Weekly Updates


November 2, 2011   Vol. 1. Issue 41                


Hello Friends,


We left the PolicyLink Equity Summit with a multitude of policy options and ideas for promoting equitable growth in the region. We also got a chance to preview the CRC's latest research on the San Joaquin Valley, "Land of Risk, Land of Opportunity: Cumulative Environmental Vulnerabilities in California's San Joaquin Valley".

Upon our return, we released the report while still disseminating the findings of the Healthy Youth/Healthy Regions research that we released last summer. Seeing years of research and community participation released to the media and having policymakers, activists and others take action around the implications of that research is an indescribable feeling.

Once again, we hope that you find: insights, relevant news, and opportunities to be involved in regional change contained within this newsletter.

Best Wishes,


The Center for Regional Change.


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In This Issue
CRC Activities
Regional Change in the News
Request for Proposals & Call for Papers
Jobs & Employment Opportunities

CRC Activities

The CRC has released a report, on Monday, of its findings related to the three-year San Joaquin Valley Cumulative Health Impacts Project. The report is entitled, "Land of Risk and Land of Opportunity" and has already received a great deal of coverage from the press as well as community groups interested in its findings. You can find the report in the next section (Special Reports on Regional Change).

Today, the Vacaville Youth Roundtable, in collaboration with the Vacaville AWARE and REACH coalitions, hosted a "Healthy Youth/Healthy Regions" study presentation and professional panel in the Vacaville City Council Chamber. The "Healthy Youth/Healthy Regions" study was conducted by the CRC and commissioned by the Sierra Health Foundation with additional support from The California Endowment. You can find more information about this event here.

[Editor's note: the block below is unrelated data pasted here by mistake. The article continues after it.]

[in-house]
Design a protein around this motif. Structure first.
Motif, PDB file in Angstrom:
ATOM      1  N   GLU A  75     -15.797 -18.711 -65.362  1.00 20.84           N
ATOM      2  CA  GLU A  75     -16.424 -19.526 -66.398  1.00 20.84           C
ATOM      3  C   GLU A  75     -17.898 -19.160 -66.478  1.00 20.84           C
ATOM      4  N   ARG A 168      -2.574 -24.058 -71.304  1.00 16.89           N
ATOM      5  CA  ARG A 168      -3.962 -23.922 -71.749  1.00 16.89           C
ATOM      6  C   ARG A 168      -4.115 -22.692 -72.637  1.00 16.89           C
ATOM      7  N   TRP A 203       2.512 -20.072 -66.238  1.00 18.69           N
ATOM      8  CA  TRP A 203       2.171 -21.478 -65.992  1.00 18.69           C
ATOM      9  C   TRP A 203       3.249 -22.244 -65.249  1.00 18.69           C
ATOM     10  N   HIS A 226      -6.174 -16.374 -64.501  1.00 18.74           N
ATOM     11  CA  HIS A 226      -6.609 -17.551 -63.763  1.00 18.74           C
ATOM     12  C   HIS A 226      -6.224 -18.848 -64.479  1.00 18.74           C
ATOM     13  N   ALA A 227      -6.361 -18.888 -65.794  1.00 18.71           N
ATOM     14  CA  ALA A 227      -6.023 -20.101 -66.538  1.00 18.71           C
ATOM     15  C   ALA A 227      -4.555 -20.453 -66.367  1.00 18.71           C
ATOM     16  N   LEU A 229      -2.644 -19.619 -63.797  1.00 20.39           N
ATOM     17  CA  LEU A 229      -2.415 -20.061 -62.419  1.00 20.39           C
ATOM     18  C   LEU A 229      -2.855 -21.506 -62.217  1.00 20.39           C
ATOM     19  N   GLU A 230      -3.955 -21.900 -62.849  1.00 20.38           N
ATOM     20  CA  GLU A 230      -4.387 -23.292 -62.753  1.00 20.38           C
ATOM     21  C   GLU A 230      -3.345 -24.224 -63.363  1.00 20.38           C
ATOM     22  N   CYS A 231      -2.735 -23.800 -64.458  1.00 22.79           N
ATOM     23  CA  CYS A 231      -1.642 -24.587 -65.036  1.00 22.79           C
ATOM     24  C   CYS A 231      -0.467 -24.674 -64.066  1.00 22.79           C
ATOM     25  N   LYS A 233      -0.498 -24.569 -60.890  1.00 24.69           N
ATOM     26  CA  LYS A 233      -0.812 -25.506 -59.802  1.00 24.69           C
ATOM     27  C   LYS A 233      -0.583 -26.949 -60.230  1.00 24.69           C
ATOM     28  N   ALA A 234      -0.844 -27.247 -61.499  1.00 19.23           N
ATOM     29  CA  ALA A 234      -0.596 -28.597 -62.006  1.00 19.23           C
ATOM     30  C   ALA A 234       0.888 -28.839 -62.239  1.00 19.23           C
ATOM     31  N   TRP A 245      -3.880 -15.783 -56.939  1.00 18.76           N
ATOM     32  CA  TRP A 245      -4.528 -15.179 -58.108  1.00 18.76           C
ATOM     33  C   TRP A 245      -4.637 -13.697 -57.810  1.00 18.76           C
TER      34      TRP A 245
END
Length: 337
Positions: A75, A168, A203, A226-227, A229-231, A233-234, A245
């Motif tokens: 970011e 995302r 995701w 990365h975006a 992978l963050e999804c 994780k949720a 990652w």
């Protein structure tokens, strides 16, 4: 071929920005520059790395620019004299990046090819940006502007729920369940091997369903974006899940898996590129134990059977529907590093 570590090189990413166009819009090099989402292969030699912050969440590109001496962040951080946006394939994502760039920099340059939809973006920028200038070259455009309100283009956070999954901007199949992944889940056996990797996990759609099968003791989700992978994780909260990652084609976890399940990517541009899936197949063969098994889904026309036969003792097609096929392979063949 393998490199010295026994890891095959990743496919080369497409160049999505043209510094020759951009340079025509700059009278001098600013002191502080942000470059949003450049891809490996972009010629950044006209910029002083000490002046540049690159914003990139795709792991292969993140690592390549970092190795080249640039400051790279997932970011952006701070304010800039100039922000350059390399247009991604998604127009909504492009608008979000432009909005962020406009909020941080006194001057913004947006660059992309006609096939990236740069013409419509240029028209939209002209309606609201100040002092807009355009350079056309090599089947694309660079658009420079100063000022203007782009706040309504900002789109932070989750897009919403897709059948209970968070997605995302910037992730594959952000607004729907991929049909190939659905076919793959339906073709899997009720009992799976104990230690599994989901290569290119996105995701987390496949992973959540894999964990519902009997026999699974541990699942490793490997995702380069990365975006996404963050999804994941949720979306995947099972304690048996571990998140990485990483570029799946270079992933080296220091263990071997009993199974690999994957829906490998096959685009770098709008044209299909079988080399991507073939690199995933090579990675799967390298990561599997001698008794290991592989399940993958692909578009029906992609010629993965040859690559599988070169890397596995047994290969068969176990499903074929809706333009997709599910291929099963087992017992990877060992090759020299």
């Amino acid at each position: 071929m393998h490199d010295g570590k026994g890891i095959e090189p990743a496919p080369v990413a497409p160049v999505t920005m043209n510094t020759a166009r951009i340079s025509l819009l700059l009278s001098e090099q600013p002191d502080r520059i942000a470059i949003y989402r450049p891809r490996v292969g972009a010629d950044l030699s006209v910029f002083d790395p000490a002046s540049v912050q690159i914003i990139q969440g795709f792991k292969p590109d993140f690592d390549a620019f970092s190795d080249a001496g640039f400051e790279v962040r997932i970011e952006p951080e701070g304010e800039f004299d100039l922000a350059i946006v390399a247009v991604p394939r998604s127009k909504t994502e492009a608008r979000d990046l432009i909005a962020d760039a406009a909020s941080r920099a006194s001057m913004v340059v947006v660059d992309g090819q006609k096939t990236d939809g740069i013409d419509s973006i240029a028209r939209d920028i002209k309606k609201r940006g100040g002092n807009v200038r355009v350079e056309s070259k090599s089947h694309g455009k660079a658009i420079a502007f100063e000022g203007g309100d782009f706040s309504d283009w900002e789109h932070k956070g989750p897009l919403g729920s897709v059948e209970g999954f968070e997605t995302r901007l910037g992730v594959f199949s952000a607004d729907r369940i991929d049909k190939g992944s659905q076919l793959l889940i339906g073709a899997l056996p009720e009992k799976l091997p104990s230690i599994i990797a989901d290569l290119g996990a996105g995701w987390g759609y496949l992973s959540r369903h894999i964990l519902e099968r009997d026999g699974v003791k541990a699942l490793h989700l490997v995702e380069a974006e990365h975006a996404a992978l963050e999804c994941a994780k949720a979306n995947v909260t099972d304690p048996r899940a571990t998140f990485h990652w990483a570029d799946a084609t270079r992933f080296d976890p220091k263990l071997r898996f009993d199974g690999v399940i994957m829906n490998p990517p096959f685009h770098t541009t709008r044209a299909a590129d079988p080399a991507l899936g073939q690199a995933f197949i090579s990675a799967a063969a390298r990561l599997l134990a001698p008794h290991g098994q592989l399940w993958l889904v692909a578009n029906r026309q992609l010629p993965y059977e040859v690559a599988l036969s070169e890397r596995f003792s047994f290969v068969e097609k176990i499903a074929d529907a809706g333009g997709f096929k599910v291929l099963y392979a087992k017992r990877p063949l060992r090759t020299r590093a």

Special Reports on Regional Change

The CRC released a study Monday linking pollution and poverty to illness and early death in the San Joaquin Valley. It estimates 1.2 million people are at extreme risk. That's about a third of the Valley's population, so it means there are big health risks in broad sections of Fresno, Stockton, Modesto and Bakersfield-- the largest cities in the Valley. Click here to read this report.

Regional Change in the News
Opponents of stricter regulation of air pollution typically argue that jobs would be lost if the federal government tightened limits on industrial emissions of ozone. A new study presents a counterpoint: lower ozone levels seem to increase worker productivity. Read more about their findings here.    

An article from the EllaBaker Center in Oakland on the Occupy Movement: "the Occupy camps, from the West Coast to Wall Street, themselves are merely one tactic in a growing movement for economic justice. The movement to promote solutions for the 99% is what this is really about. And we need to do whatever we can to keep the focus on the goals of the movement, rather than a debate on the tactic." Read the rest of this story here.

Californians are among the top fuel-wasting drivers in the nation, burning up more than 38 million gallons in the most congested roadways last year, according to a report released Tuesday. Click here to read more.